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McCain Pre-Palin: Mayors And Governors Can't Handle National Security

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When does being a governor or mayor for a short period of time not disqualify your credentials on national security? When you are John McCain and your task is to defend your vice presidential candidate Sarah Palin.

When does being a governor or mayor for a short period of time ABSOLUTELY disqualify your credentials on national security? When you are John McCain and your task is to defeat primary opponents Mitt Romney and Rudy Giuliani.

Back in October 2007, when McCain's candidacy still appeared dead and buried, the Senator berated the two Republican front runners for lacking the necessary political experience to handle commander in chief responsibilities.

"I have had a strong and a long relationship on national security, I've been involved in every national crisis that this nation has faced since Beirut, I understand the issues, I understand and appreciate the enormity of the challenge we face from radical Islamic extremism," the Senator declared. "I am prepared. I am prepared. I need no on-the-job training. I wasn't a mayor for a short period of time. I wasn't a governor for a short period of time."

Fast-forward nearly a year, and the argument McCain made back then is being used against his vice presidential pick today. Only Sarah Palin held the post of mayor of Wasilla for less time than Rudy Giuliani headed New York City. And her gubernatorial stint in Alaska is shorter than that of Mitt Romney's in Massachusetts.

McCain, not surprisingly, has changed his tune. His campaign has suggested that as head of Alaska's national guard, Palin had more national security experience than Obama. The Senator himself went on Fox News and declared:

"I'm so proud that she has displayed the kind of judgment and she has the experience and judgment as an executive... She's been commander in chief of the Alaska National Guard ... she's had judgment on these issues. She's had 12 years of elected office experience, including traveling to Kuwait, including being involved in these issues. I'm so proud she has the experience and judgment as an executive."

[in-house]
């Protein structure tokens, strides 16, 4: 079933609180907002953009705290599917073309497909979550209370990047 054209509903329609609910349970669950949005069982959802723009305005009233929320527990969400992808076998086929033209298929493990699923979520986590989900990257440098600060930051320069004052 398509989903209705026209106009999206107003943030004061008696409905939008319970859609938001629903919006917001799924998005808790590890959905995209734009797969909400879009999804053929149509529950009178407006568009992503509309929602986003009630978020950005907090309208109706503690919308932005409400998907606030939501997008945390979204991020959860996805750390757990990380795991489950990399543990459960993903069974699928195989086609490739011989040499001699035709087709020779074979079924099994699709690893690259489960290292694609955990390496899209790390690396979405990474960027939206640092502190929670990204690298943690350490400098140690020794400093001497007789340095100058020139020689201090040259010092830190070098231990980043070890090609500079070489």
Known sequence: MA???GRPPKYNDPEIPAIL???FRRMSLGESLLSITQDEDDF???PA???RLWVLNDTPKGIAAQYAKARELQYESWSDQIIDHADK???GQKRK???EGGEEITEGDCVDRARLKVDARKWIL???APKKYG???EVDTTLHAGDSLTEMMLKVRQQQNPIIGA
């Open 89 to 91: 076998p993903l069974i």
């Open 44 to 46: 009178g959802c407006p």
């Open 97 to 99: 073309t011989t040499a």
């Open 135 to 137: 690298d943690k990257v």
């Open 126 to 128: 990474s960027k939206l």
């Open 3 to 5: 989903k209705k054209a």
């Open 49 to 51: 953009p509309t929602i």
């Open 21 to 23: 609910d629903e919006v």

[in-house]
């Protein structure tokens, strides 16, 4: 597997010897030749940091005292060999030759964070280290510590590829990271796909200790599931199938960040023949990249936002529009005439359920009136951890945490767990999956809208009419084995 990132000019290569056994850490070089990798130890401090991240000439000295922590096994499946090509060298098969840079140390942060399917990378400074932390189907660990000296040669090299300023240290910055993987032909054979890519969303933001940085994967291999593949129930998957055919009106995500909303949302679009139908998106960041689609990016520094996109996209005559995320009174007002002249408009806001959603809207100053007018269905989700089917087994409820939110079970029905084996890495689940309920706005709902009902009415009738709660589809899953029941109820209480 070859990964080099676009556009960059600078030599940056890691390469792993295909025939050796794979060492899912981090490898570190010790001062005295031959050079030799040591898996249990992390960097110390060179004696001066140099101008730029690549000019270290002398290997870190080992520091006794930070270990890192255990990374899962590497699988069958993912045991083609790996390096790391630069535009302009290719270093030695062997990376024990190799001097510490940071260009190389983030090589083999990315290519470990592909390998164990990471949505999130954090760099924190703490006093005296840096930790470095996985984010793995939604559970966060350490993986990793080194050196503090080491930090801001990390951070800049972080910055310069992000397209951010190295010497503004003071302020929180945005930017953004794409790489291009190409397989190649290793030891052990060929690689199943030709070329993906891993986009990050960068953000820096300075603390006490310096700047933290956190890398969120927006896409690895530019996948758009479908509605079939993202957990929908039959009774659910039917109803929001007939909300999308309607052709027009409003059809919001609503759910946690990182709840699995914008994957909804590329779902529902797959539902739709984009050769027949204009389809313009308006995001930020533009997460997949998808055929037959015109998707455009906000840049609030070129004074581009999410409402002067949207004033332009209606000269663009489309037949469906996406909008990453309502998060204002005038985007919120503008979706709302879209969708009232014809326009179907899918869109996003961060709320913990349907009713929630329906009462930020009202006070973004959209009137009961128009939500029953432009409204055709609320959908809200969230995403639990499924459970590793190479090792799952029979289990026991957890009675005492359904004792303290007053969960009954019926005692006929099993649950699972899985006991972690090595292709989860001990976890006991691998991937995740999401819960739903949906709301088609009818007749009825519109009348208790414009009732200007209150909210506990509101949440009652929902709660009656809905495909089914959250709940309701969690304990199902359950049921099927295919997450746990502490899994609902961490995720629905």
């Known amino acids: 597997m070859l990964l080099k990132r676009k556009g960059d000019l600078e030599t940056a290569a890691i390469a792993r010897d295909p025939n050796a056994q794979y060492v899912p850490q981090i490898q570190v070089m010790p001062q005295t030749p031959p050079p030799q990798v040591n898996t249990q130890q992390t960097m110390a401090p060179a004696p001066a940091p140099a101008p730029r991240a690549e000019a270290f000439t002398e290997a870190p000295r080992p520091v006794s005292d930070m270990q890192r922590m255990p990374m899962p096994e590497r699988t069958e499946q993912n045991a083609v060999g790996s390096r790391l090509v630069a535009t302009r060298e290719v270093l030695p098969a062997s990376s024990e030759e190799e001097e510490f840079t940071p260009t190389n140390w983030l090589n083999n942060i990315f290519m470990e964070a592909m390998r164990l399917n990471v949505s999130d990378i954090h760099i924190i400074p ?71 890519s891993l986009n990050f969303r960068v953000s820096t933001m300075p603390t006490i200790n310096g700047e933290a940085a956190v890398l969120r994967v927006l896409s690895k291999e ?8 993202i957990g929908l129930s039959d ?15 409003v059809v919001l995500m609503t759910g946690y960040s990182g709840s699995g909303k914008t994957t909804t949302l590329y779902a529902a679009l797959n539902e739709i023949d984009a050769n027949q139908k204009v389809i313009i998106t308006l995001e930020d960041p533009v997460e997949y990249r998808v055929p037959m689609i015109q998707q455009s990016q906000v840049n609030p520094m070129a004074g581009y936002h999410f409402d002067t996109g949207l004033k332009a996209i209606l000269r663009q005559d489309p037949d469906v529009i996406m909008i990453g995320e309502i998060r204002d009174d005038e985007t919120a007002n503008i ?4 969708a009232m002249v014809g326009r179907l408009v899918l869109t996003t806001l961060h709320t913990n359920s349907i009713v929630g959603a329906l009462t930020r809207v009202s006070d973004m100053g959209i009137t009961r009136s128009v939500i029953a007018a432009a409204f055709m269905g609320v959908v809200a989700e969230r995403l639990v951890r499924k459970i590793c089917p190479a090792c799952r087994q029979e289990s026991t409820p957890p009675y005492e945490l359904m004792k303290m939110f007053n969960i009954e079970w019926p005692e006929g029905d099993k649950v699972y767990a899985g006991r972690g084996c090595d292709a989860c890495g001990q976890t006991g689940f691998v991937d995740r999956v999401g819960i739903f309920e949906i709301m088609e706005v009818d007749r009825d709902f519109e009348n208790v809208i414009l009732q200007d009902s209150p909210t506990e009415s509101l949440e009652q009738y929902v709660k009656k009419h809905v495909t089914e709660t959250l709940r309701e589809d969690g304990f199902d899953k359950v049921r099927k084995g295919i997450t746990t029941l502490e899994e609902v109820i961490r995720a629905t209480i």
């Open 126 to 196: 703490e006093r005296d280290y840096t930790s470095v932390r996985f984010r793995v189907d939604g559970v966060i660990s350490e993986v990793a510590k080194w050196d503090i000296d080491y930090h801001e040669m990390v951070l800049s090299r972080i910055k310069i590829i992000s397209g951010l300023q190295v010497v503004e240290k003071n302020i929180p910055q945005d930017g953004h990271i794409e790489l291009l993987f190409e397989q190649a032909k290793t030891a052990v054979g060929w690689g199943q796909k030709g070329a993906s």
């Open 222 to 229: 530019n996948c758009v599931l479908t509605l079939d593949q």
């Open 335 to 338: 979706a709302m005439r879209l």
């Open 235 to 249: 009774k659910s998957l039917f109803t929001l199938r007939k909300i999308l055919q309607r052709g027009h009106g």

And yet, for critics, Palin's interview with ABC on Thursday evening was an apt demonstration of the criticisms McCain raised about mayors and governors back in October. In her first interview since being tapped as McCain's vice president, Palin showed, in some respects, the limitations of her foreign policy capacity. Time's Joe Klein wrote, "A joke... This woman clearly has no idea what she's talking about. What an embarrassment." Unable to define the Bush Doctrine and contradicting McCain on Pakistan, she acknowledged that she had only visited a handful of countries and never met with another world leader. Then, it was her turn to ridicule the lengthy Washington resume that defines McCain.

"Charlie, again, we've got to remember what the desire is in this nation at this time," she said to the ABC host. "It is for no more politics as usual and somebody's big, fat resume maybe that shows decades and decades in that Washington establishment, where, yes, they've had opportunities to meet heads of state."

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